resource in wartime as well after the bombing of Pearl Harbor in 1941. The
baseball commissioner asked President Roosevelt ff the
1942 season should be suspended. Roosevelt responded that he felt it
would be best for the country if baseball kept going. This communicated the president’s belief that baseball was a venue to communicate
strong messages about strength and community. So let’s watch a short video
about the president’s green-light letter to continue the season and the results
of that. So there we see how we have used baseball as a resource in in
wartime. Now we also want to look at sport and the language of politics and
war. We’ve seen political use or leaders use sport metaphors for years and the
article related metaphors from horse-racing like front runner and
longshot. We hear those all the time during political events like the
primaries or the presidential elections and football has also long served as a
metaphorical base for the values of teamwork unity and respect for authority,
but the author points out in the article that there’s also a concern with the use
of football metaphors. Football is also commonly used to describe the
military and/or war terms like in the trench,
blitzes, they’ve produced a seamless relationship between the game and
warfare. And you might wonder why is this even an issue, well the article does
point out that using these type of sport metaphors really risk equating good
citizenship with good fanship. Now we also want to talk about sport and
national identity. The term nation probably brings many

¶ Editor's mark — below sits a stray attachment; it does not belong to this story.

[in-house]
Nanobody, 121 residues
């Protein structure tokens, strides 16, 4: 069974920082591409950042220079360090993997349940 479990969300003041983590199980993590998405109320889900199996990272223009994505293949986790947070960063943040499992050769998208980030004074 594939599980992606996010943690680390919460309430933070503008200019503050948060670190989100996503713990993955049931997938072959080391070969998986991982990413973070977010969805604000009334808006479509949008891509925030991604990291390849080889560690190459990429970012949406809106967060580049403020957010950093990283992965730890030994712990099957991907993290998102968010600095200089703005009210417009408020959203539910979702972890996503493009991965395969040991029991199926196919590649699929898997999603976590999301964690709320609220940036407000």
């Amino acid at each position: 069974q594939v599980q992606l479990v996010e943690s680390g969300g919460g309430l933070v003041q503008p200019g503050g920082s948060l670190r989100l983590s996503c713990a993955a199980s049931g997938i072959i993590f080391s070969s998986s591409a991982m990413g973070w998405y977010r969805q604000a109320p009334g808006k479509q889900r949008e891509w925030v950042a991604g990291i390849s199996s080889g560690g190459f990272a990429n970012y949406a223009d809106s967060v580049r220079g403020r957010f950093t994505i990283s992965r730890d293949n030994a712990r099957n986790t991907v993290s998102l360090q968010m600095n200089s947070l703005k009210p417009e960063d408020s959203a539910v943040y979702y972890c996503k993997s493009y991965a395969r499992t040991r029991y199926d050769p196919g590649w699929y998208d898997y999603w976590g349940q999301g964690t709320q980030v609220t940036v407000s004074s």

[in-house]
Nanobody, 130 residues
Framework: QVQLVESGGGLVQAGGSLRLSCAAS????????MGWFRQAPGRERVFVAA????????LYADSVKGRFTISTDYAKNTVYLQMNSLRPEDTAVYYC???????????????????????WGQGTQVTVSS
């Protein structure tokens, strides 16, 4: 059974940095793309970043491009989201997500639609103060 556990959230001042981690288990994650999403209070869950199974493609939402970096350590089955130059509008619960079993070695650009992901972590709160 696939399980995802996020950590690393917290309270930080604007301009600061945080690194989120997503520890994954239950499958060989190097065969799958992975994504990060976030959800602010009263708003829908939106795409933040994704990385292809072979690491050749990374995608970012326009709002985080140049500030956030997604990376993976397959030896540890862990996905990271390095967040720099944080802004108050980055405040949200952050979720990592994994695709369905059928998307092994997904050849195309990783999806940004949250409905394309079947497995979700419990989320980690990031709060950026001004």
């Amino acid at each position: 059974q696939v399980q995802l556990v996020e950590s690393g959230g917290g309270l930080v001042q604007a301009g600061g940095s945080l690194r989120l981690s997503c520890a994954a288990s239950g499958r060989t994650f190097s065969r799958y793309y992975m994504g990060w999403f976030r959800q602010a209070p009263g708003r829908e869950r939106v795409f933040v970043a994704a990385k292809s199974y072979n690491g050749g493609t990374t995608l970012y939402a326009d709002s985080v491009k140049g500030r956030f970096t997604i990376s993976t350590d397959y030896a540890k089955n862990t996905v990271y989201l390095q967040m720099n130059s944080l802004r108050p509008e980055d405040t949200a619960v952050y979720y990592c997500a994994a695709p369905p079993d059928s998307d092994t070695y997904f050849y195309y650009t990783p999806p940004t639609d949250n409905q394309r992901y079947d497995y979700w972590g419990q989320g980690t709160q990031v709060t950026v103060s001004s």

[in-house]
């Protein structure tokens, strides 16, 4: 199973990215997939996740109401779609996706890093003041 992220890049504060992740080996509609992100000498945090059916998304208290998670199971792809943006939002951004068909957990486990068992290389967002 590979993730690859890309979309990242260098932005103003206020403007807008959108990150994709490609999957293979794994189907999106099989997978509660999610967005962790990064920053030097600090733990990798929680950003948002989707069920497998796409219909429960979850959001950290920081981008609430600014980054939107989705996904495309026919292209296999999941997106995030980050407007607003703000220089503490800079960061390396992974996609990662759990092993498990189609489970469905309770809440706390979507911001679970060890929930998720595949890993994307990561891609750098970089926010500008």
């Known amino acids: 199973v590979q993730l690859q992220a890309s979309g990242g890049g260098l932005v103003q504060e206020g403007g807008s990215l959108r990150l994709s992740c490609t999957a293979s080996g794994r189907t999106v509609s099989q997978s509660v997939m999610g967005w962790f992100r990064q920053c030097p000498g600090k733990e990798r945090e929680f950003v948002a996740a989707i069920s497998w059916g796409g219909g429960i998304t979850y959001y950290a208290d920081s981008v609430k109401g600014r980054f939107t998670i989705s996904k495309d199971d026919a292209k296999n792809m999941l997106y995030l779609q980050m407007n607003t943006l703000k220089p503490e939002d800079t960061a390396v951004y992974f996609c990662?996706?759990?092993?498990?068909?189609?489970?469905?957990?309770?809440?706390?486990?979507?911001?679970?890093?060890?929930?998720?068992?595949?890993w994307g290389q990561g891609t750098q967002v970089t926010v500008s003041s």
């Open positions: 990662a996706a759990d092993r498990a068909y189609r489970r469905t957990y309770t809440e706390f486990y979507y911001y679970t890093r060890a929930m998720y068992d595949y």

thoughts to mind but what does it really mean? Is it a landmass determined by its
borders or is it a collective community of like-minded individuals? We use this
term rather loosely, in in fact we can also use it to describe an alliance of
sport fans, the NDSU faithful the bison nation. It can also be described as an
imagined community tied together by shared histories myths and ideology.
Let’s look at a direct quote from Rowe, he says “by imagining that America
fosters a particular kind of community, a national identity begins to emerge. Sport
is especially important in this process because it’s shared experience makes it
one of the few institutions capable of developing a collective consciousness.” So
certainly we do take sport and we do relate it to our national identity. And
then finally sport and resistance– we are all aware of the Kaepernick kneeling
issue and we’ll look more closely at that in a later lecture. But this isn’t
the first time the world of sport has seen an individual use sport as a
platform to craft a message. We can look back to the 1940s when Jackie Robinson
became the first African American to play major league baseball in the modern
era. This was a movement in resistance to the social inequities of the time; or how
about in the 1960s when Muhammad Ali used his status as a boxer to resist
racism in war when he refused to submit to the draft Arthur Ashe used his
celebrity as a tennis player to criticize the apartheid government of
South Africa. And Billie Jean King did the same as she
fought for women’s equality. And as the author described the signature image of
protests came out the 1968 Olympic Games in Mexico City when the gold and bronze
medalists in the 200 meters Tommie Smith and John Carlos used the medal ceremony
to protest racial inequities in the United States by bowing their heads and
raising fists clad in black gloves during the playing of the anthem. Now as
we look at this last event I’m guessing many of you can see the similarities
between what we’re seeing today and what happened in 1968. Athletic activism is
nothing new but it went silent in later years as the electronic media expanded
and we saw a huge rise in the monetary wealth that high profile athletes
experienced. We have seen athletes play for the money and not express themselves
politically in this modern era. So in conclusion it should be clear that
there is a clear connection between sport and politics and as David Ziran
points out however you slice and dice it politics are an enduring and constant
historic presence in sport.